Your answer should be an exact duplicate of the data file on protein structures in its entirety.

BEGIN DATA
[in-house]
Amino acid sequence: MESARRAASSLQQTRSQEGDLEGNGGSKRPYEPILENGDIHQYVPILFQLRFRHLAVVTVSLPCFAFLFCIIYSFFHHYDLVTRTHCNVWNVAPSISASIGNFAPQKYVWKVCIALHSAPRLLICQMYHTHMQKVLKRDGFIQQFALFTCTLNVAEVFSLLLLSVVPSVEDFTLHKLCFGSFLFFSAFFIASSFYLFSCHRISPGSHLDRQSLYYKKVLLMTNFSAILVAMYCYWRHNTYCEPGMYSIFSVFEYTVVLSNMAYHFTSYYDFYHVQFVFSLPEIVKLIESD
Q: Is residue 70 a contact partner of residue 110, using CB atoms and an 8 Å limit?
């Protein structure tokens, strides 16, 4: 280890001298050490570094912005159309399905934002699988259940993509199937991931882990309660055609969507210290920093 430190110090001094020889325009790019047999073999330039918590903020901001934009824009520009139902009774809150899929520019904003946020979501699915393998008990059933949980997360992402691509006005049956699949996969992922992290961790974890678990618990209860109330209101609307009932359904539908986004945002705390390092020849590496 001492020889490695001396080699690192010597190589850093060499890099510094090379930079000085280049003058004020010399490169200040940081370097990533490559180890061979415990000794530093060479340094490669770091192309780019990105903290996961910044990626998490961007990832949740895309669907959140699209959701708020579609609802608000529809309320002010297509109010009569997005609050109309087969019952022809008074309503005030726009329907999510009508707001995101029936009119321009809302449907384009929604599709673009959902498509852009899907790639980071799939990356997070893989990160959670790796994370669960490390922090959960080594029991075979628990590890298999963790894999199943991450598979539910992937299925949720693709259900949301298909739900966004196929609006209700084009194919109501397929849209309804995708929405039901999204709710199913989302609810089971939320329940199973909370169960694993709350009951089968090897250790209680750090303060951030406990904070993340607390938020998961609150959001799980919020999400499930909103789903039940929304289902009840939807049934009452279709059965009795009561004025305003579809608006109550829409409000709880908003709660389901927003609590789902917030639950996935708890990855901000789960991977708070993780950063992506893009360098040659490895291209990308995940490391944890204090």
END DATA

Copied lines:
[in-house]
Amino acid sequence: MESARRAASSLQQTRSQEGDLEGNGGSKRPYEPILENGDIHQYVPILFQLRFRHLAVVTVSLPCFAFLFCIIYSFFHHYDLVTRTHCNVWNVAPSISASIGNFAPQKYVWKVCIALHSAPRLLICQMYHTHMQKVLKRDGFIQQFALFTCTLNVAEVFSLLLLSVVPSVEDFTLHKLCFGSFLFFSAFFIASSFYLFSCHRISPGSHLDRQSLYYKKVLLMTNFSAILVAMYCYWRHNTYCEPGMYSIFSVFEYTVVLSNMAYHFTSYYDFYHVQFVFSLPEIVKLIESD
Q: Is residue 70 a contact partner of residue 110, using CB atoms and an 8 Å limit?
């Protein structure tokens, strides 16, 4: 280890001298050490570094912005159309399905934002699988259940993509199937991931882990309660055609969507210290920093 430190110090001094020889325009790019047999073999330039918590903020901001934009824009520009139902009774809150899929520019904003946020979501699915393998008990059933949980997360992402691509006005049956699949996969992922992290961790974890678990618990209860109330209101609307009932359904539908986004945002705390390092020849590496 001492020889490695001396080699690192010597190589850093060499890099510094090379930079000085280049003058004020010399490169200040940081370097990533490559180890061979415990000794530093060479340094490669770091192309780019990105903290996961910044990626998490961007990832949740895309669907959140699209959701708020579609609802608000529809309320002010297509109010009569997005609050109309087969019952022809008074309503005030726009329907999510009508707001995101029936009119321009809302449907384009929604599709673009959902498509852009899907790639980071799939990356997070893989990160959670790796994370669960490390922090959960080594029991075979628990590890298999963790894999199943991450598979539910992937299925949720693709259900949301298909739900966004196929609006209700084009194919109501397929849209309804995708929405039901999204709710199913989302609810089971939320329940199973909370169960694993709350009951089968090897250790209680750090303060951030406990904070993340607390938020998961609150959001799980919020999400499930909103789903039940929304289902009840939807049934009452279709059965009795009561004025305003579809608006109550829409409000709880908003709660389901927003609590789902917030639950996935708890990855901000789960991977708070993780950063992506893009360098040659490895291209990308995940490391944890204090």